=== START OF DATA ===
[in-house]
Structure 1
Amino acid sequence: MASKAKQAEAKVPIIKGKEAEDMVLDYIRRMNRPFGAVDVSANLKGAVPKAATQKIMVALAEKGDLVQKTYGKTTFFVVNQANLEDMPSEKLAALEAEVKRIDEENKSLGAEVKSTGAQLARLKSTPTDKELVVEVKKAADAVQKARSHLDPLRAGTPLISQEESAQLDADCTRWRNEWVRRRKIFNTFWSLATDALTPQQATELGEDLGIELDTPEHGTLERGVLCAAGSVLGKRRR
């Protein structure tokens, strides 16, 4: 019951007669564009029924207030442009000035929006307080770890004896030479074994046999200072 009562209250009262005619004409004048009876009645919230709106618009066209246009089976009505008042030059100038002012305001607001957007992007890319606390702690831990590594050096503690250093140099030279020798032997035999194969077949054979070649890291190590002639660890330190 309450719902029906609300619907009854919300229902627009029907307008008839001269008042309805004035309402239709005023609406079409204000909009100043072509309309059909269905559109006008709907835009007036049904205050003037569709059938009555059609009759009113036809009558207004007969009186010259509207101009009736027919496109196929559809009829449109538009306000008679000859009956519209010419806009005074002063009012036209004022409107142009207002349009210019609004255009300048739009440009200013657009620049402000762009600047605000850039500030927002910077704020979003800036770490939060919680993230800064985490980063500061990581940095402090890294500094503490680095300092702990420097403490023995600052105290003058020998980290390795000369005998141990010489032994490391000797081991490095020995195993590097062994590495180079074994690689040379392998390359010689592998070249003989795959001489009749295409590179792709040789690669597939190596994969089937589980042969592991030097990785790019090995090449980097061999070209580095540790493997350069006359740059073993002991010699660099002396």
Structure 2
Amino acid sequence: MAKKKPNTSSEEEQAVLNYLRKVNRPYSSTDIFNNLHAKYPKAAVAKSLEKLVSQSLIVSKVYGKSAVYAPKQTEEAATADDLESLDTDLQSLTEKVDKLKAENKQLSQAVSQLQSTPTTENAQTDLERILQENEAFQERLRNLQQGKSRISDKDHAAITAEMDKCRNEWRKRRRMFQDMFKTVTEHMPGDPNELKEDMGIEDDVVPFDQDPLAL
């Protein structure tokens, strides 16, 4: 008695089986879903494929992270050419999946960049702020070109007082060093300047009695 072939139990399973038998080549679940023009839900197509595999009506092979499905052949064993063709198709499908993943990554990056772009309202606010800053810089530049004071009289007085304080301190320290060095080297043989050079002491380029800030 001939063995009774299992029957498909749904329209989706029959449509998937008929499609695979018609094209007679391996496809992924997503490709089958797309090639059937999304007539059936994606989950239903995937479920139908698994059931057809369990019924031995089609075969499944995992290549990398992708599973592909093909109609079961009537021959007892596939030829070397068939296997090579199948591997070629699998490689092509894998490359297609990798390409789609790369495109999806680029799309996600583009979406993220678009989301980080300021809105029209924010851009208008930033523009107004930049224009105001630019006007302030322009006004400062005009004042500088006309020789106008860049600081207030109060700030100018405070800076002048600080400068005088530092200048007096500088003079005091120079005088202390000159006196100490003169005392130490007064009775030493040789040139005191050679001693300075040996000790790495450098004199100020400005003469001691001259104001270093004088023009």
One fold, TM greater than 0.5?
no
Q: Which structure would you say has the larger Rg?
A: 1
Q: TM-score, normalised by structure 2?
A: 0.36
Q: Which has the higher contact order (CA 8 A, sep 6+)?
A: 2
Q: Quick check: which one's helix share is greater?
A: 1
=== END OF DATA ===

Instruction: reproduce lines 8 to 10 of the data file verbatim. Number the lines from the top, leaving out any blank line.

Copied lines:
One fold, TM greater than 0.5?
no
Q: Which structure would you say has the larger Rg?